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This is a question about the science of baking. What factors contribute to the softness and moistness of the Cinnabon® brand cinnamon rolls? Particularly, I'm interested in:

  1. The type of flour to use (e.g. cake, AP, bread, etc.)
  2. The amount of water and other liquids (i.e. the effects of hydration)
  3. Leaveners
  4. Cooking temperature and time
  5. Additives
  6. Process/technique
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I'm not sure whether you meant cinnamon rolls. If so: These are made of yeast-leavened dough which is quite soft. (Yeast-leavened dough is also part of toast, pizza, bagels, some kinds of donuts etc.)
In addition, it's a kind of not-so-fine puff pastry (Danish pastry): Between two layers of dough there is a layer of solid fat (like butter). I think that the fat will make the yeast-leavened dough "extra" moist.

To make a simple yeast-leavened dough you need water, (plain wheat) flour, salt and yeast. Some other pastries require sugar, fat (e.g. butter), replace water with milk, et cetera ...
The flour needs to have gluten otherwise the dough cannot hold the tiny air bubbles that the yeast produces and the dough won't be able to rise. Plain wheat flour suits perfectly for this purpose. But it has a disadvantage: If you store the pastry wrongly, the pastry will be frumpy. (1)

Just pick a nice receipe of cinnamon rolls and you'll see :D

If you want to know more about cooking and stuff: "Cooking for Geeks: Real Science, Great Hacks, and Good Food" by Jeff Potter (O'Reilly & Associates). Seems to be a nice book for geeks :D

(1) Source: "Kochen für Geeks" - somehow I could not find the chapter about yeast in the English pendant.

  • Would bread flour, due to its higher protein content, mean softer and moister buns? Does more fat mean moister and softer buns, too (i.e. should I be looking for milk and butter with the highest fat content?)? How about hydration levels - how does that affect things? – CookingNewbie Aug 3 '14 at 22:31
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    I never used bread flour and never have seen this in my region. I think, yes, you are right. Sometimes there could be malt (food for yeast) in bread flour, the dough will rise better. You could use sugar instead. There is always a trade-off between some (useful and not useful) characteristics of the ingredients. If you use only gluten instead of AP flour you probably get something soft and moist but also something gummy. Bread flour will make the dough rise better but the pastry will also be more chewy. The more fat in the bun the moister it will be but fat also inhibits the yeast grow. – Ching Chong Aug 4 '14 at 8:05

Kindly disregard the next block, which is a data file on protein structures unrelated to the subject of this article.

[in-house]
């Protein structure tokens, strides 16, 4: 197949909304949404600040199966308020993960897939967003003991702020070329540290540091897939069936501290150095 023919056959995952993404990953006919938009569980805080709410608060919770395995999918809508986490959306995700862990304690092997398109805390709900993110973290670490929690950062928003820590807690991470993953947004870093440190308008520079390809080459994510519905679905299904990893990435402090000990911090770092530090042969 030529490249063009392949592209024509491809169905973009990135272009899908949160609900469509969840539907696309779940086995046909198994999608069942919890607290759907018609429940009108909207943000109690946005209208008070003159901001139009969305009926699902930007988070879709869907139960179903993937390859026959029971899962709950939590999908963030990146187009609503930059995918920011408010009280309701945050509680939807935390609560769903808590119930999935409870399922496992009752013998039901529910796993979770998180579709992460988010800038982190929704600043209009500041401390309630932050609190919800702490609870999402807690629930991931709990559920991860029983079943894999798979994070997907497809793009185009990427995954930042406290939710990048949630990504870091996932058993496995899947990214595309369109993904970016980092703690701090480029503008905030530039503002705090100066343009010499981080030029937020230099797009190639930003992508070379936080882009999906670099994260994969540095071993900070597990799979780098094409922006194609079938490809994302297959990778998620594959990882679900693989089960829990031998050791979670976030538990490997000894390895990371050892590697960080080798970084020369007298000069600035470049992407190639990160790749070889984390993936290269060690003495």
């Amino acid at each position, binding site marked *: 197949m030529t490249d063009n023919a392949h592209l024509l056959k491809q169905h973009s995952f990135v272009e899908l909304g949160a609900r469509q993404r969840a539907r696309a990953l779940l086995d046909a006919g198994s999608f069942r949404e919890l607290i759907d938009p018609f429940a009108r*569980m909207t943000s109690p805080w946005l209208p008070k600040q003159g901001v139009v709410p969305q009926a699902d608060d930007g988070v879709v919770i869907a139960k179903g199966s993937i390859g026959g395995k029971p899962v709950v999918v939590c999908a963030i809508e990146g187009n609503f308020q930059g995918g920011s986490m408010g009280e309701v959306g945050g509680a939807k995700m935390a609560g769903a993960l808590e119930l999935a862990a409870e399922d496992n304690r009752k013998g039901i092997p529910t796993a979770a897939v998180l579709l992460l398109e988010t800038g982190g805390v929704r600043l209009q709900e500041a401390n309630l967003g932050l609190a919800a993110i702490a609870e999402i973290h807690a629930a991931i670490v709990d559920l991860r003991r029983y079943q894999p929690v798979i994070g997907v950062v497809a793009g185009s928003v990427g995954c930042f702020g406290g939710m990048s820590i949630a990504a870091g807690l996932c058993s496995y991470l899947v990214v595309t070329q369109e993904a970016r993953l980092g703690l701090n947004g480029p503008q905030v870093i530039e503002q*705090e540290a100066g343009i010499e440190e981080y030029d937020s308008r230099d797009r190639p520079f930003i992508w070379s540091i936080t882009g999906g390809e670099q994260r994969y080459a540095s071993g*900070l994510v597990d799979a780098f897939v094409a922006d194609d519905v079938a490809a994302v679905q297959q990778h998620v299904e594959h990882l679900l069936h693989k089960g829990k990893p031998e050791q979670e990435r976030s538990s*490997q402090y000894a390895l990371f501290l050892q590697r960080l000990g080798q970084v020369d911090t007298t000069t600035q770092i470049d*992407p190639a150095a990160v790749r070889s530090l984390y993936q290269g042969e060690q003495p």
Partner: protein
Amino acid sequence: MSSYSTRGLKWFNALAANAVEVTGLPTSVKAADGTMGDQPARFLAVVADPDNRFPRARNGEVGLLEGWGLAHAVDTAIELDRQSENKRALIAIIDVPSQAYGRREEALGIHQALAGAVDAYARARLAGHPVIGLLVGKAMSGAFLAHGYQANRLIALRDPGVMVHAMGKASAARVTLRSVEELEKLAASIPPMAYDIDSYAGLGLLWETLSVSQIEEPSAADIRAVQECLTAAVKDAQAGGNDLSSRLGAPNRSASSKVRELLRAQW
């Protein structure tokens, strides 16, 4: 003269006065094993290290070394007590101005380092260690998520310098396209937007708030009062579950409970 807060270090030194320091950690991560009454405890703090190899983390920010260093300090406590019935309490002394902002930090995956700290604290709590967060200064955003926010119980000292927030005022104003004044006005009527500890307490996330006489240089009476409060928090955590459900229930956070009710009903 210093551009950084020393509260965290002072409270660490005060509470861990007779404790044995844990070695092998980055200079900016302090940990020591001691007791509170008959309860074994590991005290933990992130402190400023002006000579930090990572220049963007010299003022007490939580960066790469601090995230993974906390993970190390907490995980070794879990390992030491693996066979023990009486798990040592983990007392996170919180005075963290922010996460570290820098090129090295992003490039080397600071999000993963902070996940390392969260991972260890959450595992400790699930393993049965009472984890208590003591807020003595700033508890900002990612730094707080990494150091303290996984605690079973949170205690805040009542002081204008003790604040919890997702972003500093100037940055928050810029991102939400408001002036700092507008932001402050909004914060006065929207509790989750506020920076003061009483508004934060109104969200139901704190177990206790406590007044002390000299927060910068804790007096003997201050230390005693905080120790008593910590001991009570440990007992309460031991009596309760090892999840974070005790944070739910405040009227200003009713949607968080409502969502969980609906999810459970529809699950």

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    Hydration: I never really varied the hydration significantly levels. But I am very certain that a low hydration level withdraws the yeast's basic survival needs and does not provide enough water to gluten to stick. And too much water: it is harder to process. That's why there are no yeast "risen" cookies (disregarding zwieback). – Ching Chong Aug 4 '14 at 8:16
  • @CookingNewbie bread flour means less soft, more rubbery bread. – rumtscho Sep 4 '14 at 22:19
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Cinnabon is a recipe I found on allrecipes.com. It includes a recipe for the yeast dough to be made in a bread maker. Milk and egg in the dough make it soft. The huge amount of cinnamon and the brown sugar/butter filling also stay soft. Cinnabon is trade name for a company.

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To bake anything where I am located I have to use King Arthur all purpose flour.Everything turns out soft and the way I want it.Different flour in different regions makes a big difference.

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    While using the right flour will certainly help, there's a lot more to it than that. You can make all kinds of bread, not just soft, with all-purpose flour. – Cascabel Aug 5 '14 at 20:34

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